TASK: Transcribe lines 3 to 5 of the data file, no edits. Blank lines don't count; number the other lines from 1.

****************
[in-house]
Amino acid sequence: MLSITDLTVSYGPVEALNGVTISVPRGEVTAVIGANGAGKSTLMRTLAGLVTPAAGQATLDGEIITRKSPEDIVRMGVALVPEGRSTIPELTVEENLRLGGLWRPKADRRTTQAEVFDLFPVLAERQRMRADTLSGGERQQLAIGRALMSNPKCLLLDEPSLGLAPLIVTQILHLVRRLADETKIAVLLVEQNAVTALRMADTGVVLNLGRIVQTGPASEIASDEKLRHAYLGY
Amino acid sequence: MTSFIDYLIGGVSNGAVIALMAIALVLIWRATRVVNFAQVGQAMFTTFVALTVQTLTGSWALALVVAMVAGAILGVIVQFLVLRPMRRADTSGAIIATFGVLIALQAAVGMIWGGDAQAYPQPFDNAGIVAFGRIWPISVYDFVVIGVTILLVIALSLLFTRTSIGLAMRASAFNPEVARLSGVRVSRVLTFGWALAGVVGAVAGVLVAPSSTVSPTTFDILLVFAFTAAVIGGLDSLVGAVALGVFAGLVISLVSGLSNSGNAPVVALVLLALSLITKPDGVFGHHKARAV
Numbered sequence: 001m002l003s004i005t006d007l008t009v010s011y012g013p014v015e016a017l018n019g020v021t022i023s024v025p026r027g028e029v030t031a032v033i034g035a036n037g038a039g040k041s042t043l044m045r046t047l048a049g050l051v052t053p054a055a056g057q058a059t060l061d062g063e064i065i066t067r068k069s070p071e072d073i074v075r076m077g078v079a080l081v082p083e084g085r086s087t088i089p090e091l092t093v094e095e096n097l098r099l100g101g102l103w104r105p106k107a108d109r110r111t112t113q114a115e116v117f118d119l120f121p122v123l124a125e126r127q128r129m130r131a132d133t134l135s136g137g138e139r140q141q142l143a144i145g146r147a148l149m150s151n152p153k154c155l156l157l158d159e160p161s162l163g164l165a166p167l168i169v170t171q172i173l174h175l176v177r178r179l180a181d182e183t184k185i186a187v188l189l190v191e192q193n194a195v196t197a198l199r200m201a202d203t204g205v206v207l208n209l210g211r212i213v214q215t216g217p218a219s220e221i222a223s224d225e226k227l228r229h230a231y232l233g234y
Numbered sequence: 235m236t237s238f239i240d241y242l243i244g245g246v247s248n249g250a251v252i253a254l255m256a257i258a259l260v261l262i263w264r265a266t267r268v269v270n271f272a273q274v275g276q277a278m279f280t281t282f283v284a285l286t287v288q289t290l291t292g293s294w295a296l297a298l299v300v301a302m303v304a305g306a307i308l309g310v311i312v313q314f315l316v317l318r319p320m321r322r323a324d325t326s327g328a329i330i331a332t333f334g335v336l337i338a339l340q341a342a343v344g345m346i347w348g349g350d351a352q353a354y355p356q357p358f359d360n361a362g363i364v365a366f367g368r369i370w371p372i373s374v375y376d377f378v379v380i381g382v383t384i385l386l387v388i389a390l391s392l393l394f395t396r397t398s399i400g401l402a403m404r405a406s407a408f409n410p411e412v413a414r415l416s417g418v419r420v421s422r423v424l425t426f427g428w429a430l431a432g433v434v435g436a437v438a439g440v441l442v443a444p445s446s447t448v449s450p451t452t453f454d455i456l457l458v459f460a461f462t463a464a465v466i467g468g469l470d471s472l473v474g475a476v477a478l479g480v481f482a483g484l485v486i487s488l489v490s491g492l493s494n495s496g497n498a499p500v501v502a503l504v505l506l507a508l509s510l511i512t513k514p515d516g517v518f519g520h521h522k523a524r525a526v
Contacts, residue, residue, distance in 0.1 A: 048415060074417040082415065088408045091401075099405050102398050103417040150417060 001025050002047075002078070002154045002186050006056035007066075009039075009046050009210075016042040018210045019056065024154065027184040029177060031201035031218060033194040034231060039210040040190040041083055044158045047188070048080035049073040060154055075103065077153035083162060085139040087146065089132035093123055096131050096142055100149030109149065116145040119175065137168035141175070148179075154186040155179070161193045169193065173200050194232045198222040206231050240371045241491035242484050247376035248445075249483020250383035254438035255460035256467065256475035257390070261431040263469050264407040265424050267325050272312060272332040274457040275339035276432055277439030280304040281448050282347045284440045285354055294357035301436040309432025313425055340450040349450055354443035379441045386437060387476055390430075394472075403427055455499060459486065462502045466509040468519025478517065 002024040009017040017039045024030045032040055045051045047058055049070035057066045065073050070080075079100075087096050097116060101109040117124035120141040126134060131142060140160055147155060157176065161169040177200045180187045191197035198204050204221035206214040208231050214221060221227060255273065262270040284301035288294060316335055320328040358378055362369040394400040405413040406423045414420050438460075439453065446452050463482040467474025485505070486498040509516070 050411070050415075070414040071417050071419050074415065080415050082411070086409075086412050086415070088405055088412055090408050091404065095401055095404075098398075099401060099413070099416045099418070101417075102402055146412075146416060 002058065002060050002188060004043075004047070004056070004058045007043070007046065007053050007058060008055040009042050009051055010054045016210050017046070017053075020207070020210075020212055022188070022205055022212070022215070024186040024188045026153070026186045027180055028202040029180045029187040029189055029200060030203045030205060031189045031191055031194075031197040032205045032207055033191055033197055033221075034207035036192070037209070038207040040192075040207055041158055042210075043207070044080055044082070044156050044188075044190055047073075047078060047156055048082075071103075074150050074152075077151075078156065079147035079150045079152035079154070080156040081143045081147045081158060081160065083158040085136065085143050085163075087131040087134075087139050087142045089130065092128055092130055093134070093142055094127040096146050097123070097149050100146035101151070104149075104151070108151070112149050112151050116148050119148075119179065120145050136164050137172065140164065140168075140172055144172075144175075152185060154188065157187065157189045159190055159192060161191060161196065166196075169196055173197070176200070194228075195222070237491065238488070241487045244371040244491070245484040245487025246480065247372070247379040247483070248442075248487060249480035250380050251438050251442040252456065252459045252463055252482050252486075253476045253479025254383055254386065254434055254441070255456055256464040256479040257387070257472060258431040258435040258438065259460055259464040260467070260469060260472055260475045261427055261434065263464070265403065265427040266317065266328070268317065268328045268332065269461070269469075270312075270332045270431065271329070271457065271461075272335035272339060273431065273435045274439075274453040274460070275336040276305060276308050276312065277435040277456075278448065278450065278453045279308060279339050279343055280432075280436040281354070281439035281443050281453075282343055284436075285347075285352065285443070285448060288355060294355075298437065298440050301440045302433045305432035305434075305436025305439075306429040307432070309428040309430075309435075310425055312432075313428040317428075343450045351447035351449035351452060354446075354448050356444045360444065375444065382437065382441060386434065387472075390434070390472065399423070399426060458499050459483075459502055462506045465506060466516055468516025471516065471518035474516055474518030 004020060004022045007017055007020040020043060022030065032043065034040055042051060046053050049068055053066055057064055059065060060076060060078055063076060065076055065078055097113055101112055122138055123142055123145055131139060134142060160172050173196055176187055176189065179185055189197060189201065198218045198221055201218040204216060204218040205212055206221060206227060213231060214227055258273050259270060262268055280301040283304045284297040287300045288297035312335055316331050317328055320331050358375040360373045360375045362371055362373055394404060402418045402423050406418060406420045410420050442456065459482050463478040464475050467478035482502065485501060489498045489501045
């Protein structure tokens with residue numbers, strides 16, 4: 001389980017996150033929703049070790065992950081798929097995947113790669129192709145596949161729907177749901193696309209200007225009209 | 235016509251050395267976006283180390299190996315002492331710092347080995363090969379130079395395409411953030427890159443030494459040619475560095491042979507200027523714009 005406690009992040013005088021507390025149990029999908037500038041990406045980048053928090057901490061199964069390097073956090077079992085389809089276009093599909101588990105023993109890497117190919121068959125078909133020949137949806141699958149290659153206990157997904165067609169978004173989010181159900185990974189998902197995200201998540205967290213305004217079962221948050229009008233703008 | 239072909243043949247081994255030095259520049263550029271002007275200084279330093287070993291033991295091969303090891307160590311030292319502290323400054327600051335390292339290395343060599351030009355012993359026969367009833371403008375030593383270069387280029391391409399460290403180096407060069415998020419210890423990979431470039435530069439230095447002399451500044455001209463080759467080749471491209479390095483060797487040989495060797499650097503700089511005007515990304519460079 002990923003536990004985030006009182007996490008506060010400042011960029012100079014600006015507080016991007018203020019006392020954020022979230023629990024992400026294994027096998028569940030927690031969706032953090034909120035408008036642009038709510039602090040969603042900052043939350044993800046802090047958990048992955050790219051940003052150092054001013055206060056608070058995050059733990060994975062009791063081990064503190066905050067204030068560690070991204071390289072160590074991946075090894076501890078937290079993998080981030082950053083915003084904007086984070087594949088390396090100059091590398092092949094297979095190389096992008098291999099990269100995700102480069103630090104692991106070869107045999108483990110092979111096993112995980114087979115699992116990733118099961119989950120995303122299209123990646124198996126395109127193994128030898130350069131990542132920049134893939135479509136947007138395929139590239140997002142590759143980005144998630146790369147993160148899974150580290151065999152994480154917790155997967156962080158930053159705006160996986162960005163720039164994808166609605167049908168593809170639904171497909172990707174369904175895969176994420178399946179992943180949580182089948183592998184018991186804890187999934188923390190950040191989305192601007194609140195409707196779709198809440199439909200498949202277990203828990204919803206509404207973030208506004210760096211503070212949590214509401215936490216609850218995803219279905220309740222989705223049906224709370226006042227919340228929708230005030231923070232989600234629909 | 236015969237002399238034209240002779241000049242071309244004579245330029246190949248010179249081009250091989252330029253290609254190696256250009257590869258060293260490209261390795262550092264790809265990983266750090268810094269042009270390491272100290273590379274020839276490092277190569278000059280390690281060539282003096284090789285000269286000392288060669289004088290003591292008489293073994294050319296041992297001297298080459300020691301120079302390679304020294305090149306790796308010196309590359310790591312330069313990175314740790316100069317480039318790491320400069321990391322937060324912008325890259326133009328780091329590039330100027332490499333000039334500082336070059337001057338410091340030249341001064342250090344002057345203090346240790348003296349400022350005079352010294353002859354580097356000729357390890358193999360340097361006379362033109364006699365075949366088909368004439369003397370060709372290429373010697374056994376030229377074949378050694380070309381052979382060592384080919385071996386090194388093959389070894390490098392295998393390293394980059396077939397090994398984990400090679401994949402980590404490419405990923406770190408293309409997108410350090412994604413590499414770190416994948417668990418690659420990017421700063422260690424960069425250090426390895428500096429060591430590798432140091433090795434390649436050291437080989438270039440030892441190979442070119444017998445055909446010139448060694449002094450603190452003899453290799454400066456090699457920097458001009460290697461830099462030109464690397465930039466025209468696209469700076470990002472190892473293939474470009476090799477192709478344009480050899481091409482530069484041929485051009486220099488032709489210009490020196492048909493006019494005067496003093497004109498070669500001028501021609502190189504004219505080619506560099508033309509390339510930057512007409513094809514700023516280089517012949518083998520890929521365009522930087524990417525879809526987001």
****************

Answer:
Amino acid sequence: MTSFIDYLIGGVSNGAVIALMAIALVLIWRATRVVNFAQVGQAMFTTFVALTVQTLTGSWALALVVAMVAGAILGVIVQFLVLRPMRRADTSGAIIATFGVLIALQAAVGMIWGGDAQAYPQPFDNAGIVAFGRIWPISVYDFVVIGVTILLVIALSLLFTRTSIGLAMRASAFNPEVARLSGVRVSRVLTFGWALAGVVGAVAGVLVAPSSTVSPTTFDILLVFAFTAAVIGGLDSLVGAVALGVFAGLVISLVSGLSNSGNAPVVALVLLALSLITKPDGVFGHHKARAV
Numbered sequence: 001m002l003s004i005t006d007l008t009v010s011y012g013p014v015e016a017l018n019g020v021t022i023s024v025p026r027g028e029v030t031a032v033i034g035a036n037g038a039g040k041s042t043l044m045r046t047l048a049g050l051v052t053p054a055a056g057q058a059t060l061d062g063e064i065i066t067r068k069s070p071e072d073i074v075r076m077g078v079a080l081v082p083e084g085r086s087t088i089p090e091l092t093v094e095e096n097l098r099l100g101g102l103w104r105p106k107a108d109r110r111t112t113q114a115e116v117f118d119l120f121p122v123l124a125e126r127q128r129m130r131a132d133t134l135s136g137g138e139r140q141q142l143a144i145g146r147a148l149m150s151n152p153k154c155l156l157l158d159e160p161s162l163g164l165a166p167l168i169v170t171q172i173l174h175l176v177r178r179l180a181d182e183t184k185i186a187v188l189l190v191e192q193n194a195v196t197a198l199r200m201a202d203t204g205v206v207l208n209l210g211r212i213v214q215t216g217p218a219s220e221i222a223s224d225e226k227l228r229h230a231y232l233g234y
Numbered sequence: 235m236t237s238f239i240d241y242l243i244g245g246v247s248n249g250a251v252i253a254l255m256a257i258a259l260v261l262i263w264r265a266t267r268v269v270n271f272a273q274v275g276q277a278m279f280t281t282f283v284a285l286t287v288q289t290l291t292g293s294w295a296l297a298l299v300v301a302m303v304a305g306a307i308l309g310v311i312v313q314f315l316v317l318r319p320m321r322r323a324d325t326s327g328a329i330i331a332t333f334g335v336l337i338a339l340q341a342a343v344g345m346i347w348g349g350d351a352q353a354y355p356q357p358f359d360n361a362g363i364v365a366f367g368r369i370w371p372i373s374v375y376d377f378v379v380i381g382v383t384i385l386l387v388i389a390l391s392l393l394f395t396r397t398s399i400g401l402a403m404r405a406s407a408f409n410p411e412v413a414r415l416s417g418v419r420v421s422r423v424l425t426f427g428w429a430l431a432g433v434v435g436a437v438a439g440v441l442v443a444p445s446s447t448v449s450p451t452t453f454d455i456l457l458v459f460a461f462t463a464a465v466i467g468g469l470d471s472l473v474g475a476v477a478l479g480v481f482a483g484l485v486i487s488l489v490s491g492l493s494n495s496g497n498a499p500v501v502a503l504v505l506l507a508l509s510l511i512t513k514p515d516g517v518f519g520h521h522k523a524r525a526v